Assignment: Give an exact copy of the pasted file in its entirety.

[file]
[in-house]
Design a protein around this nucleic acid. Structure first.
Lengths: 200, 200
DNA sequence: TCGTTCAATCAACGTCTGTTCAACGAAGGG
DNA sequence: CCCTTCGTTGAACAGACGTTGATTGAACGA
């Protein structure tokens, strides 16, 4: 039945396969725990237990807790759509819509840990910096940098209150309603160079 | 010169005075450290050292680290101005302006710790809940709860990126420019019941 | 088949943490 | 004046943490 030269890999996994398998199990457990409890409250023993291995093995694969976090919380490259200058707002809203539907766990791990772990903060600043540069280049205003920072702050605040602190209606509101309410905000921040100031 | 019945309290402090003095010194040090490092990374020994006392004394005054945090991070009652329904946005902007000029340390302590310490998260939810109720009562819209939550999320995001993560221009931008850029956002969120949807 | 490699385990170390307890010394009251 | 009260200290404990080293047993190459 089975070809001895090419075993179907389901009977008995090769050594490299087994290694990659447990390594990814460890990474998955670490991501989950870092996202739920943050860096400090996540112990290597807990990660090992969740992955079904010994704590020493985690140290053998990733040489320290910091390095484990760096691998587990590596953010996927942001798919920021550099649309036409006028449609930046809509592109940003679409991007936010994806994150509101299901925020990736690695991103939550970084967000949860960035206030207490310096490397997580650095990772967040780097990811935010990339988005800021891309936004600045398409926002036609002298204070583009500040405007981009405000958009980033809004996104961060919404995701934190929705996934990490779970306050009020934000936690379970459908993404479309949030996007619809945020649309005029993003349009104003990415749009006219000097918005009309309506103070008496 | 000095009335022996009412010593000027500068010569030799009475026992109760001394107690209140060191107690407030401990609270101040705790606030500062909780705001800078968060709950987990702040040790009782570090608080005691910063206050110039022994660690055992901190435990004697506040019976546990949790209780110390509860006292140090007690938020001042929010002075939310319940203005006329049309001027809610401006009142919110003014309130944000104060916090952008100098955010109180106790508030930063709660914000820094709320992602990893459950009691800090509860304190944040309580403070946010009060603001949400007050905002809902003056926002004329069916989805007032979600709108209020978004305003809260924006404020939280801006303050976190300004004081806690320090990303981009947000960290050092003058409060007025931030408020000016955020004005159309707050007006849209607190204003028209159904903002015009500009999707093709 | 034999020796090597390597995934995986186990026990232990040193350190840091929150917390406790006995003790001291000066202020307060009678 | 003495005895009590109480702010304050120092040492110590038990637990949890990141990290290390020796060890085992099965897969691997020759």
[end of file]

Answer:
[in-house]
Design a protein around this nucleic acid. Structure first.
Lengths: 200, 200
DNA sequence: TCGTTCAATCAACGTCTGTTCAACGAAGGG
DNA sequence: CCCTTCGTTGAACAGACGTTGATTGAACGA
């Protein structure tokens, strides 16, 4: 039945396969725990237990807790759509819509840990910096940098209150309603160079 | 010169005075450290050292680290101005302006710790809940709860990126420019019941 | 088949943490 | 004046943490 030269890999996994398998199990457990409890409250023993291995093995694969976090919380490259200058707002809203539907766990791990772990903060600043540069280049205003920072702050605040602190209606509101309410905000921040100031 | 019945309290402090003095010194040090490092990374020994006392004394005054945090991070009652329904946005902007000029340390302590310490998260939810109720009562819209939550999320995001993560221009931008850029956002969120949807 | 490699385990170390307890010394009251 | 009260200290404990080293047993190459 089975070809001895090419075993179907389901009977008995090769050594490299087994290694990659447990390594990814460890990474998955670490991501989950870092996202739920943050860096400090996540112990290597807990990660090992969740992955079904010994704590020493985690140290053998990733040489320290910091390095484990760096691998587990590596953010996927942001798919920021550099649309036409006028449609930046809509592109940003679409991007936010994806994150509101299901925020990736690695991103939550970084967000949860960035206030207490310096490397997580650095990772967040780097990811935010990339988005800021891309936004600045398409926002036609002298204070583009500040405007981009405000958009980033809004996104961060919404995701934190929705996934990490779970306050009020934000936690379970459908993404479309949030996007619809945020649309005029993003349009104003990415749009006219000097918005009309309506103070008496 | 000095009335022996009412010593000027500068010569030799009475026992109760001394107690209140060191107690407030401990609270101040705790606030500062909780705001800078968060709950987990702040040790009782570090608080005691910063206050110039022994660690055992901190435990004697506040019976546990949790209780110390509860006292140090007690938020001042929010002075939310319940203005006329049309001027809610401006009142919110003014309130944000104060916090952008100098955010109180106790508030930063709660914000820094709320992602990893459950009691800090509860304190944040309580403070946010009060603001949400007050905002809902003056926002004329069916989805007032979600709108209020978004305003809260924006404020939280801006303050976190300004004081806690320090990303981009947000960290050092003058409060007025931030408020000016955020004005159309707050007006849209607190204003028209159904903002015009500009999707093709 | 034999020796090597390597995934995986186990026990232990040193350190840091929150917390406790006995003790001291000066202020307060009678 | 003495005895009590109480702010304050120092040492110590038990637990949890990141990290290390020796060890085992099965897969691997020759």